AUSTIN (KXAN) — It’s the “meat with no feet” that’s always fresh never frozen. That’s how Dave Kerbow describes the US farm-raised catfish he’s been serving at Catfish Parlour in north Austin for the last 48 years.
The founder and co-owner first opened up shop after spending 15 years working at another longtime Austin establishment, Holiday House.
“It just got into my blood,” Kerbow said about his love for working in the restaurant industry.
The iconic north Austin restaurant is closing its doors Saturday, and Kerbow simply said, “it’s time.”
“I just figured that I could sell our real estate, take a long vacation and then come back and find bigger fish to fry,” he said smiling.
There are two other Catfish Parlour locations that will remain open — one in south Austin and the other in Georgetown.
Kerbow said he decided to get into the catfish business after spending years with his family on the lake cooking and eating the fish. That decision paid off. Today, Kerbow and his son Tommy have been running the restaurant, and for nearly five decades, it’s been open. There have been patrons and staff alike who have stuck by his side for years.
People like Bruce Moore, who first went with a friend seven years ago and turned the restaurant into his Thursday lunch meetup.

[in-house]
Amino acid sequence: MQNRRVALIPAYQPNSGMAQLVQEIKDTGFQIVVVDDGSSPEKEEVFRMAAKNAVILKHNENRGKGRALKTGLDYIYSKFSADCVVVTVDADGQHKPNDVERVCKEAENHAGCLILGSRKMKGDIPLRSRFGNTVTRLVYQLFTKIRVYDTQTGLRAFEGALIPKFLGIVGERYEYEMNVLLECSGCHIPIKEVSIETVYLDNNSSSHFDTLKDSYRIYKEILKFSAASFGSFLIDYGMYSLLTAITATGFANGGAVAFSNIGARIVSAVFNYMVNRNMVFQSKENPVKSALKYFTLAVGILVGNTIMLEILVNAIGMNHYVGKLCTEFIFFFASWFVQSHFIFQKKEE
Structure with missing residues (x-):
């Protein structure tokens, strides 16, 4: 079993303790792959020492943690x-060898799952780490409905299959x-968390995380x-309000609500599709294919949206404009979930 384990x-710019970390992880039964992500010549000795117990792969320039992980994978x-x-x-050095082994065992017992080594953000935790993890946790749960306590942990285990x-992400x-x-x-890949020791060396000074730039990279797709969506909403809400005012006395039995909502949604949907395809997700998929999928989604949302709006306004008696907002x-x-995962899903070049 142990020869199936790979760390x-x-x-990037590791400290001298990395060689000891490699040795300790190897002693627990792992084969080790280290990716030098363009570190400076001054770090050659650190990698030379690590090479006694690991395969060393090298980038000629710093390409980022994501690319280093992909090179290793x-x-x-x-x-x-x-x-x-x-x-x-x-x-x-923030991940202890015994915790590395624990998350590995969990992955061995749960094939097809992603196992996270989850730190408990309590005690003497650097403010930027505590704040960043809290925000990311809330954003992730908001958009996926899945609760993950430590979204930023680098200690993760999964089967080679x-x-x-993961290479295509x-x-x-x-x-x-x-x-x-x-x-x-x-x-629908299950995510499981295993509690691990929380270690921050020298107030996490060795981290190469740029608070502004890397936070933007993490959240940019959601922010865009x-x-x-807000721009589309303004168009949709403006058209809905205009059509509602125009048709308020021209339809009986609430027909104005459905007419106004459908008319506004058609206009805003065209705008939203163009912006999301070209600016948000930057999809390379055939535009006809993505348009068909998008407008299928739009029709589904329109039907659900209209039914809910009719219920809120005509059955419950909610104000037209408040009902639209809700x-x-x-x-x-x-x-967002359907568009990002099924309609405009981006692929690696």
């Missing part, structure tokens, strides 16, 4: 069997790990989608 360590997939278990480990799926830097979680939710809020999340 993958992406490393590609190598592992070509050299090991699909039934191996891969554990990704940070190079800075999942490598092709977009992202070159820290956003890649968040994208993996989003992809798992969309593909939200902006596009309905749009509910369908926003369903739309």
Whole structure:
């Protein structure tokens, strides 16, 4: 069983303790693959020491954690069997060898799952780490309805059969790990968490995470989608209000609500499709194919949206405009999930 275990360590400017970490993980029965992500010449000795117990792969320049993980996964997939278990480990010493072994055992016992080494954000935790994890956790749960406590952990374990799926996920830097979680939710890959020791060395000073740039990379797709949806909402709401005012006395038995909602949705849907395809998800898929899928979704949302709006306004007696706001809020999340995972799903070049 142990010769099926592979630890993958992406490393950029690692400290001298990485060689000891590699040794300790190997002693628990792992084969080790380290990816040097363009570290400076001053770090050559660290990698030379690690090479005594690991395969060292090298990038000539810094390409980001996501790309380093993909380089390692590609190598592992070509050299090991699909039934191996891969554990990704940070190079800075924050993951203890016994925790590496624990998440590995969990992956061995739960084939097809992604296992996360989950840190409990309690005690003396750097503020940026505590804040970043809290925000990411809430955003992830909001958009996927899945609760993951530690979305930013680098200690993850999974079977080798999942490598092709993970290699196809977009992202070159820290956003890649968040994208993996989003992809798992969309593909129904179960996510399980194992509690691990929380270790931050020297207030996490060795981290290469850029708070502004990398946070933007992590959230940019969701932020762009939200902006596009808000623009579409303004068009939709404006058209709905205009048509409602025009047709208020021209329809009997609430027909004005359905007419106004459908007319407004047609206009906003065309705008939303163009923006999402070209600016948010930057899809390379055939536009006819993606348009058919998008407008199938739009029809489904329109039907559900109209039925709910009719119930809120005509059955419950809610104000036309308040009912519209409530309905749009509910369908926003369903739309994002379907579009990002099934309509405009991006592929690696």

“I think this has been in this community for a long time and there are a lot of people who have memories, there are a lot of memories here,” Moore said.
When it comes to the staff, there are people like Tony who have been there for 32 years. The self-proclaimed “foodologist” has a contagious laugh that patrons can’t get enough of. Shawn has been there for 21 years and Shelley has been there for 18 years. Many others, including kitchen staff, have been there for a decade or longer.
“I wish I could win the lottery and keep it going,” Moore said.
While Kerbow has decided to close the north Austin restaurant in order to retire, for some that is not the case for others in the industry.
Skyrocketing costs of food, lack of workers, and COVID-19 are all factors leaving some restaurant owners struggling. Some have even wondered if they should continue to keep their doors open.
Tuesday, the Texas Restaurant Association will discuss how restaurants are preparing for the holiday season and share the hardships many have had to face in the last couple of months.
“Restaurants have gone through a beating not just generally over the past year and a half but over the past three months specifically, and so with the holidays coming up now is the perfect time to help us come out of that difficult time period and set ourselves up for success in the new year,” Kelsey Erickson Streufert, the association’s chief public affairs officer said.
The event will take place at the County Line on the Hill in Bee Cave starting at 10:30 a.m.